If a prebuilt system is not for you, then consider something like a NUC (which is what my wife will get on her next upgrade) or BRIX, or some other similar small-formfactor system that just needs an SSD and Ram added to it to make it work. Then pair it with a NAS for bulk storage, and an external DVD burner or BluRay drive if you really still need a CD drive of some sort. These systems are small, quiet/silent, you can mount them to the back of your monitor, they use extremely little power, and there are very few parts that can break in them.

    If looking at something larger or more ambitious then look around the forums for parts suggestions. Depending on what exactly you want to do then there are just too many variables to account for.

    As for selling old parts, if the system works you could probably sell the entire system (with a functional OS) for $50-100USD.... not likely worth the effort, or worth getting rid of a perfectly good copy of Windows. It would make more sense to strip out the HDDs and donate it to a local nonprofit refurbisher if you have one in your area and take the tax write off.
  4. Motherboard is P5N32-E SLI
    Intel OS Core 2 DUO 6700 SL9S7 MALAY 2.66 GHZ/4M/1066/06

    Not sure if its good or i should keep this let me know
  5. You could get by for a little longer, but that CPU will be a bottleneck for today's GPUs. I personally would start fresh.

    Check it out and see if this is a goos build for 1500 i upped my cost let me know if i can git better parts or if i dont rly need something. Also let me know if anyone a good aluminum case that would work good with parts
  7. Best answer
    PCPartPicker part list / Price breakdown by merchant / Benchmarks

    CPU: Intel Core i5-4670K 3.4GHz Quad-Core Processor ($219.99 @ Newegg)
    CPU Cooler: Cooler Master Hyper 212 EVO 82.9 CFM Sleeve Bearing CPU Cooler ($29.98 @ OutletPC)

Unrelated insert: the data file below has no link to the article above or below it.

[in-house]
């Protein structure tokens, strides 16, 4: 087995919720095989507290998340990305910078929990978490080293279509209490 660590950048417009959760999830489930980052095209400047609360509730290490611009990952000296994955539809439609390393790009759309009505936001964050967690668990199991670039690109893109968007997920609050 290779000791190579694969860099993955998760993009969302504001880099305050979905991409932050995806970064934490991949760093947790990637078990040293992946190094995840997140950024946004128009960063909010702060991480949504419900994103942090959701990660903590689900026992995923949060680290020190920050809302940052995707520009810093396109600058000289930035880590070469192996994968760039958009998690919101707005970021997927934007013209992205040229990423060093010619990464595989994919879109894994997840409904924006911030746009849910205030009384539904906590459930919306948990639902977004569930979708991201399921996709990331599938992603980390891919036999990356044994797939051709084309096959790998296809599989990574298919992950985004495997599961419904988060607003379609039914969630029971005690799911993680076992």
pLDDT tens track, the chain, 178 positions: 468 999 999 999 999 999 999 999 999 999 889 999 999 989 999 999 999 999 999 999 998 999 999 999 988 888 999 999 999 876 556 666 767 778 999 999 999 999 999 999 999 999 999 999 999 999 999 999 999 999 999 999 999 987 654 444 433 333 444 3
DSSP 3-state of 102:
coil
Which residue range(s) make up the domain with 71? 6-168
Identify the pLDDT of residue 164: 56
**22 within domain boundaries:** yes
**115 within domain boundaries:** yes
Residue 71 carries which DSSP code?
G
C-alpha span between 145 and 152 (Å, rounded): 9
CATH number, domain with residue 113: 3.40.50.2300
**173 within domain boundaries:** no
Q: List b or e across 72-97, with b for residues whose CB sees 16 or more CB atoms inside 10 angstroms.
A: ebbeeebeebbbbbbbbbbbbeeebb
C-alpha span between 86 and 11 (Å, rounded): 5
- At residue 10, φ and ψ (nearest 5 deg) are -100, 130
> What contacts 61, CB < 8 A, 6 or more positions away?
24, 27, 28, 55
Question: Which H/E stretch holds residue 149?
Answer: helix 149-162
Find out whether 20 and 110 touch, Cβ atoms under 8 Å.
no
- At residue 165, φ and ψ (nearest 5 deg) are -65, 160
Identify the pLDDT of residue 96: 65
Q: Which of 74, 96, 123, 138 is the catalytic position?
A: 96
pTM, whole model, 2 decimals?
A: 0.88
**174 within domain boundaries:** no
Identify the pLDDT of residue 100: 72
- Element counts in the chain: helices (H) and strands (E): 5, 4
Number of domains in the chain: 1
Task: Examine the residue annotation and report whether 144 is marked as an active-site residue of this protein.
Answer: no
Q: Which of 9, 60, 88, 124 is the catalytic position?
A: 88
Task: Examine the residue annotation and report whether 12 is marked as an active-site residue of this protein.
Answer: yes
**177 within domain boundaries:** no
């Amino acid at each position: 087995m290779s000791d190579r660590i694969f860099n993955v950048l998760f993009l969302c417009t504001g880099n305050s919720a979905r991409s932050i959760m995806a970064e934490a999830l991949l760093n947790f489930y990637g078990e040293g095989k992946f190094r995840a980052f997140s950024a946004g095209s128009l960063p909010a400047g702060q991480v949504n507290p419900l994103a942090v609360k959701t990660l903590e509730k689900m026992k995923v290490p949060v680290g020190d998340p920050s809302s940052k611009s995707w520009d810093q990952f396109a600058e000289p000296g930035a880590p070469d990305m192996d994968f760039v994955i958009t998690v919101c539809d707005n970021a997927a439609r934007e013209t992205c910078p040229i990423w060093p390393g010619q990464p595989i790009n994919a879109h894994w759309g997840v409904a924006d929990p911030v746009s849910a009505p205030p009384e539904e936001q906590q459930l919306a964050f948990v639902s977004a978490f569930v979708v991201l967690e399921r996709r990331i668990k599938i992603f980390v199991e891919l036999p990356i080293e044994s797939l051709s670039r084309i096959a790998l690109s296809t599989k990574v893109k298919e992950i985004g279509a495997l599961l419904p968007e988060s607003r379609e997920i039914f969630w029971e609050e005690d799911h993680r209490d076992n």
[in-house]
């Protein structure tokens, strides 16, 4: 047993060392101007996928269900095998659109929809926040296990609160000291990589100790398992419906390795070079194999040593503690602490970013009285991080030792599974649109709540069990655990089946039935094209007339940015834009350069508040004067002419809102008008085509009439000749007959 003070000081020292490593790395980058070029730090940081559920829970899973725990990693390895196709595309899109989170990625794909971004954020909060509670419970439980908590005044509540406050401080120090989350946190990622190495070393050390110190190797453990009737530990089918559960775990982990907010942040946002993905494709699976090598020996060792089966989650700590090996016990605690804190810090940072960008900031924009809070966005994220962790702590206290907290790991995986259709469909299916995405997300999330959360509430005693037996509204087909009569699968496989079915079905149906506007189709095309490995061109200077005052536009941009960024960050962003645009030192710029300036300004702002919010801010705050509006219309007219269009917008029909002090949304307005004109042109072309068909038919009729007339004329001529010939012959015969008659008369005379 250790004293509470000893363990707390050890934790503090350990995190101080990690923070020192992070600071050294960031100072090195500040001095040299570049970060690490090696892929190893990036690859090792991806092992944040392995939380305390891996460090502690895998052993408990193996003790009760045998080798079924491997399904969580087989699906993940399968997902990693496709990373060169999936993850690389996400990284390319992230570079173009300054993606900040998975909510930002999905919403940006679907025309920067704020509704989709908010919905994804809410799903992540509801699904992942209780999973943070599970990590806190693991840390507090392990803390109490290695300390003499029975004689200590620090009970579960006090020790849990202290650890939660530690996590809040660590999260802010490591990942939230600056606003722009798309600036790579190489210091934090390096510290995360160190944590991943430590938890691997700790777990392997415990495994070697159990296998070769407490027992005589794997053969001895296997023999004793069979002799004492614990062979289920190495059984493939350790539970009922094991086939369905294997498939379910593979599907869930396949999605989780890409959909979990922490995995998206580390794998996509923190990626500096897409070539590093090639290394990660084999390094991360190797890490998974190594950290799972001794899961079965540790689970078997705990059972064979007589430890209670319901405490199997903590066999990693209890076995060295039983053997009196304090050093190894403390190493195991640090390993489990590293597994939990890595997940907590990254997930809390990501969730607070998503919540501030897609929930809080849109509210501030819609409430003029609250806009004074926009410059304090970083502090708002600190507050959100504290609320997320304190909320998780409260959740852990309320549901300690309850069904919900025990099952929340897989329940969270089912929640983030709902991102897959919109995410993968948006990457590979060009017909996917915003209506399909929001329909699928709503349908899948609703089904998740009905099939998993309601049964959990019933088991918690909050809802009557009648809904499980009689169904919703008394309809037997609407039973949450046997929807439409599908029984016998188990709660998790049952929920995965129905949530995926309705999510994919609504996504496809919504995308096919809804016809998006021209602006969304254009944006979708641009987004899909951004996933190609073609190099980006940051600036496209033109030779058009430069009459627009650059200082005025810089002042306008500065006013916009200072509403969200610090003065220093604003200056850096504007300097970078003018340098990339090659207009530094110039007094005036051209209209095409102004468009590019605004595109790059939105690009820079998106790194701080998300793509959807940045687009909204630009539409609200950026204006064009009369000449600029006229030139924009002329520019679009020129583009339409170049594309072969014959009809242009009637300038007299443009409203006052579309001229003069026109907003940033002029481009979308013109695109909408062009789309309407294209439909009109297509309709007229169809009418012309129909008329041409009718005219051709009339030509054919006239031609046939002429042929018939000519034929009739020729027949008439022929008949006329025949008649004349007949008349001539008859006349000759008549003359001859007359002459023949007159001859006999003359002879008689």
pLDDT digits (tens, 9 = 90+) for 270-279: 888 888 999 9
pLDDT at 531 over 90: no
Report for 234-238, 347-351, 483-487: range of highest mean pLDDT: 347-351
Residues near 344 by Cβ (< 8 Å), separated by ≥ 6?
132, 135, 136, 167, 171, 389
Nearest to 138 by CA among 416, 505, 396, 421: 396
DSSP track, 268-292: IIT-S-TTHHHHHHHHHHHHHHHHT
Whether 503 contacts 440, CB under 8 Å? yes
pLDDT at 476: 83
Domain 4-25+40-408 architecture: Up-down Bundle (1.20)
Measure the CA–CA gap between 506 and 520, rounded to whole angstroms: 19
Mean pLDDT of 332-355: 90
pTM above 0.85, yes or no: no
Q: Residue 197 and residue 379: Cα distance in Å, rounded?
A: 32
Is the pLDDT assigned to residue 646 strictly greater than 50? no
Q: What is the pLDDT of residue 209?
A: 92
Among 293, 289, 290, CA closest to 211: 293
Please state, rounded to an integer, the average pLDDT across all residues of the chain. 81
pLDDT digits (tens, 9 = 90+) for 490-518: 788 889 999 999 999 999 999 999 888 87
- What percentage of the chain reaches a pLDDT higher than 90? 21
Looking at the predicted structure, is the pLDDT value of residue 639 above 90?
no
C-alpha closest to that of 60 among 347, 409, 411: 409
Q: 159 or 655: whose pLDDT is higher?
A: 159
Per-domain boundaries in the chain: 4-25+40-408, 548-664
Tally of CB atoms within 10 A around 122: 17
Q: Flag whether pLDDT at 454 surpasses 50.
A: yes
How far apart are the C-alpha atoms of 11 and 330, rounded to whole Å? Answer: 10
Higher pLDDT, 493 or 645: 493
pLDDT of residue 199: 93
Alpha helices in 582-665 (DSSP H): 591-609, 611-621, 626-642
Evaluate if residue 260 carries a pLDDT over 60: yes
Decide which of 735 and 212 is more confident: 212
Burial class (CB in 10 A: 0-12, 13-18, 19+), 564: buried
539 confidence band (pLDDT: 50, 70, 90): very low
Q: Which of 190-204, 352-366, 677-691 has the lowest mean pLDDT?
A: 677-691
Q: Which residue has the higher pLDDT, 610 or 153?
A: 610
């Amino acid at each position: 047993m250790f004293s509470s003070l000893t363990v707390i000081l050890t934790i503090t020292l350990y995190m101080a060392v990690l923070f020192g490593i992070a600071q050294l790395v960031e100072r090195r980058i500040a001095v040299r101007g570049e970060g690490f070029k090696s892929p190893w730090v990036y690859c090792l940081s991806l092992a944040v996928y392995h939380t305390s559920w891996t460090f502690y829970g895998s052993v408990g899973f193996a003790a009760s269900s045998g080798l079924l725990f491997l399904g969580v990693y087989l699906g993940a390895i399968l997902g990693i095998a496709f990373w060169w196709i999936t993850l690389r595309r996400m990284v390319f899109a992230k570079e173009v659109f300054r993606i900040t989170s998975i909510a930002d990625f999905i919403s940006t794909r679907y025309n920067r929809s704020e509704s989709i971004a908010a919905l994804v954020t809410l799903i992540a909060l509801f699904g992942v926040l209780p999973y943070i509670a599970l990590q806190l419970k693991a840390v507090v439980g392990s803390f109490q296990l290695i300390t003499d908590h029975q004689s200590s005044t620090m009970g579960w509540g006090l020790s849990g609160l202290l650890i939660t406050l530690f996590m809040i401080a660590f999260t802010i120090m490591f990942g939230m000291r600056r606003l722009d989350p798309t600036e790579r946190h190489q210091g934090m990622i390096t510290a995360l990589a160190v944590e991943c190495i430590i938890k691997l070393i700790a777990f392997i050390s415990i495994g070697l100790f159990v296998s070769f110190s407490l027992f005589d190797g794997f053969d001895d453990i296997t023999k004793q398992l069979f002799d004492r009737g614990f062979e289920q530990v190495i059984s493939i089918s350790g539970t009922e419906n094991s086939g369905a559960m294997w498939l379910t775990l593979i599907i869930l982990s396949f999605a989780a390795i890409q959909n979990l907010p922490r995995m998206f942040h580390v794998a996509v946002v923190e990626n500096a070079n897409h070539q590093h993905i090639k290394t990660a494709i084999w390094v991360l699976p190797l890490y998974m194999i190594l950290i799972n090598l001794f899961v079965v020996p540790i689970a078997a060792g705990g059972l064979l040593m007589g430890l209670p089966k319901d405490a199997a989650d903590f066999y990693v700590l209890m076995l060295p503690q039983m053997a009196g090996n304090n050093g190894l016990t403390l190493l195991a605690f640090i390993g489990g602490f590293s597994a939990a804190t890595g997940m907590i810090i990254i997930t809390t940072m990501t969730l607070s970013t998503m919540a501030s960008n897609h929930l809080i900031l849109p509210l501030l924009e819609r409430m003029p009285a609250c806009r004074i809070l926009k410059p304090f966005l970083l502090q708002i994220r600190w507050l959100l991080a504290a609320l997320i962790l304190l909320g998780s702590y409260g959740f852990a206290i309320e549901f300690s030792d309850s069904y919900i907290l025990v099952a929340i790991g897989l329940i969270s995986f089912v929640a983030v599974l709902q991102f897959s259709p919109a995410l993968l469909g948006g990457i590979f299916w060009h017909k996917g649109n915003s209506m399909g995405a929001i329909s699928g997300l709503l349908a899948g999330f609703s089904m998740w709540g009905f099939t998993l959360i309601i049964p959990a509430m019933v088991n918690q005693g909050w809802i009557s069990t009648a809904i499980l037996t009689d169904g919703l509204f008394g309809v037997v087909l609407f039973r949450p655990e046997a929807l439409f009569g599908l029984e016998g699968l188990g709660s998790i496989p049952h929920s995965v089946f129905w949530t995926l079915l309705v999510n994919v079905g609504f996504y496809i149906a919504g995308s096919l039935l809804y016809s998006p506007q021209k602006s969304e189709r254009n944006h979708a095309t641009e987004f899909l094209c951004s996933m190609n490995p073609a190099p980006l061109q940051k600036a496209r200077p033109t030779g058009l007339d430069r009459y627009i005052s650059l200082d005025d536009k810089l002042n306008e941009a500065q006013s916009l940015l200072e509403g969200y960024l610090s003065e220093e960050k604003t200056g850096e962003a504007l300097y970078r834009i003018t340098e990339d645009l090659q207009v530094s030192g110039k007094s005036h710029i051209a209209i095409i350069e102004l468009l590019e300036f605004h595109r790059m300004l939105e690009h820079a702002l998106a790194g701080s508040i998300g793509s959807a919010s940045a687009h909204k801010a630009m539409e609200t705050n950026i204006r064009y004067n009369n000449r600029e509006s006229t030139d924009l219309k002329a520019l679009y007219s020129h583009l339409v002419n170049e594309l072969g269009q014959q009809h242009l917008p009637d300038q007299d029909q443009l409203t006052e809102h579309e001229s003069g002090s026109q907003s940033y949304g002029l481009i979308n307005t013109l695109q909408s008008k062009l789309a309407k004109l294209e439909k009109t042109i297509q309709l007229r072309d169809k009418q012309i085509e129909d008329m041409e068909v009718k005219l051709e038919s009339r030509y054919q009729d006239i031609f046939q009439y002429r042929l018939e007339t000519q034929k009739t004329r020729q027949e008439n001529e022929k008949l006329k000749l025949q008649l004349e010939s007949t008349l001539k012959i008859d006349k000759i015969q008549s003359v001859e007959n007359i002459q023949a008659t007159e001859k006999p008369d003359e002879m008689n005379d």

Motherboard: ASRock Z87 Extreme4 ATX LGA1150 Motherboard ($134.99 @ Newegg)
    Memory: G.Skill Sniper 8GB (2 x 4GB) DDR3-1600 Memory ($81.50 @ NCIX US)
    Storage: Samsung 840 EVO 120GB 2.5" Solid State Disk ($88.99 @ Amazon)
    Storage: Seagate Barracuda 3TB 3.5" 7200RPM Internal Hard Drive ($106.99 @ NCIX US)
    Video Card: Gigabyte GeForce GTX 770 2GB Video Card ($332.98 @ SuperBiiz)
    Sound Card: Creative Labs Sound Blaster X-Fi Titanium HD 24-bit 96 KHz Sound Card ($149.99 @ Amazon)
    Wired Network Adapter: Intel EXPI9301CTBLK 10/100/1000 Mbps PCI-Express x1 Network Adapter ($29.71 @ Amazon)
    Case: Corsair 500R Black ATX Mid Tower Case ($104.99 @ NCIX US)
    Case Fan: Corsair Air Series AF140 Quiet Edition 67.8 CFM 140mm Fan ($16.98 @ OutletPC)
    Case Fan: Corsair Air Series AF140 Quiet Edition 67.8 CFM 140mm Fan ($16.98 @ OutletPC)
    Power Supply: Antec High Current Gamer 620W 80+ Bronze Certified Semi-Modular ATX Power Supply ($89.99 @ Amazon)
    Optical Drive: Asus DRW-24B1ST/BLK/B/AS DVD/CD Writer ($16.98 @ OutletPC)
    Optical Drive: Asus DRW-24B1ST/BLK/B/AS DVD/CD Writer ($16.98 @ OutletPC)
    Operating System: Microsoft Windows 7 Home Premium SP1 (OEM) (64-bit) ($82.98 @ OutletPC)
    Total: $1521.00
    (Prices include shipping, taxes, and discounts when available.)
    (Generated by PCPartPicker 2014-01-15 07:12 EST-0500)

    Made a couple changes;

    Haswell is the newest CPU, go with that instead of Ivy Bridge, it's faster and the same price.

    8GB of RAM is plenty, 16 is a waste unless you use programs that can take advantage.

    840 EVO is cheaper and faster.

    This Antec PSU is better, and plenty of watts for a single GPU, if you want to do SLI, look for a 750 watt PSU.

    GTX770 >>> GTX660, this will make a large difference in game performance.

    Also in my opinion the HAF cases are cheap and gimmicky, this Corsair 500R is a very good case and has great airflow and room for expansion. All aluminum cases are very expensive, I wouldn't try to get one unless you drop the sound card. On that note, motherboard audio is fine for most people and you could save a good bit of money dropping that sound card.